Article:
Kant’s Treatment of Imagination and Anxiety
Despite Kant’s confidence that his Critiques solve all problems of metaphysics, his successors seem to have fallen into the same destiny of his predecessors. Among those is Søren Kierkegaard, the father of existentialism. Kierkegaard, by pointing out the finitude of man—not simply the finitude of human life, but also the finitude of human knowledge—identifies anxiety as a fundamental ontological problem that haunts man till death. To have anxiety is essential to what it means to be man, yet those who cannot face up to the existential anxiety live their lives in despair. In the end, man has to rely upon religious faith to overcome the existential anxiety, and in the act of faith alone, man can become an individual who expresses his freedom in a genuine sense. If Kierkegaard is right, is Kant an optimist who audaciously claims that he solves the problems of metaphysics and simply misses the important point of what it is to be man? I would like to claim not. Kant, whose fundamental philosophical question involves what it is to be man, has an answer to the problem of the existential anxiety, but one has to work through his Critiques and Anthropology to find his answer to this question. I believe that the key lies in Kant’s treatment of imagination and the role of reason in relation to imagination and anxiety. It is not my intention, however, to reduce Kant’s philosophy to existentialism or to claim the superiority of Kant’s philosophy to existentialism. My hope is that through an inquiry into Kant’s treatment of anxiety, we come to see Kant’s hidden practical advice that we all can appreciate.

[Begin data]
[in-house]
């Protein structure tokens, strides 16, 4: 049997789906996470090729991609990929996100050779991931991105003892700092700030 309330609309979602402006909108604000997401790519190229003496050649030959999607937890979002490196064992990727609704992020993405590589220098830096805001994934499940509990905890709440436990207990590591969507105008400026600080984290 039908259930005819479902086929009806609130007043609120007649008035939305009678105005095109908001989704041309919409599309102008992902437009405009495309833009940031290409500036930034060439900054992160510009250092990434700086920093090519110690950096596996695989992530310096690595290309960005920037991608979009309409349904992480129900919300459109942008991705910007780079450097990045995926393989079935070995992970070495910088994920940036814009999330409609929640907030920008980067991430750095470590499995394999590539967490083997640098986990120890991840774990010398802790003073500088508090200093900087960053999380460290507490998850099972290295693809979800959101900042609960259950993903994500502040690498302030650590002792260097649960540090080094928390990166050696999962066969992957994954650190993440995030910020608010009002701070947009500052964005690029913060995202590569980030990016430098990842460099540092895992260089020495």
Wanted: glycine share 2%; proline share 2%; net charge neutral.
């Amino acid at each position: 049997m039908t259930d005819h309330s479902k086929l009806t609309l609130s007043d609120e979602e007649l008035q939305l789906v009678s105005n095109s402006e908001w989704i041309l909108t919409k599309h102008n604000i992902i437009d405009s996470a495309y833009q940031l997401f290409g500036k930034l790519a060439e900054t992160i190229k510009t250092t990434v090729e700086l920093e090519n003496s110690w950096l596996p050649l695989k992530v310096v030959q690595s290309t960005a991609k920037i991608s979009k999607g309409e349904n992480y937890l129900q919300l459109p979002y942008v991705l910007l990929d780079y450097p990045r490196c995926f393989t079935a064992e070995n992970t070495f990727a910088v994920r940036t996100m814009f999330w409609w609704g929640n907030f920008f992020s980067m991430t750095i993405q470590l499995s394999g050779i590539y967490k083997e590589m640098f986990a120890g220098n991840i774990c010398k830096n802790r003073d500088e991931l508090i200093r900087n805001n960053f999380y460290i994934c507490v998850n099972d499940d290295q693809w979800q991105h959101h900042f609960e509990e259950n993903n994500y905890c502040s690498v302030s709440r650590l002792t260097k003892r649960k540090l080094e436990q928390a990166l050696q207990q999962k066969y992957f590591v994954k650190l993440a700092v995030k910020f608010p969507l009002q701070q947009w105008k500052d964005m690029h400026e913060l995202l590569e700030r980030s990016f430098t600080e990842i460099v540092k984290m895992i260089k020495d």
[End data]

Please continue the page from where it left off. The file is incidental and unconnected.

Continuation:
|< Prev||Next >|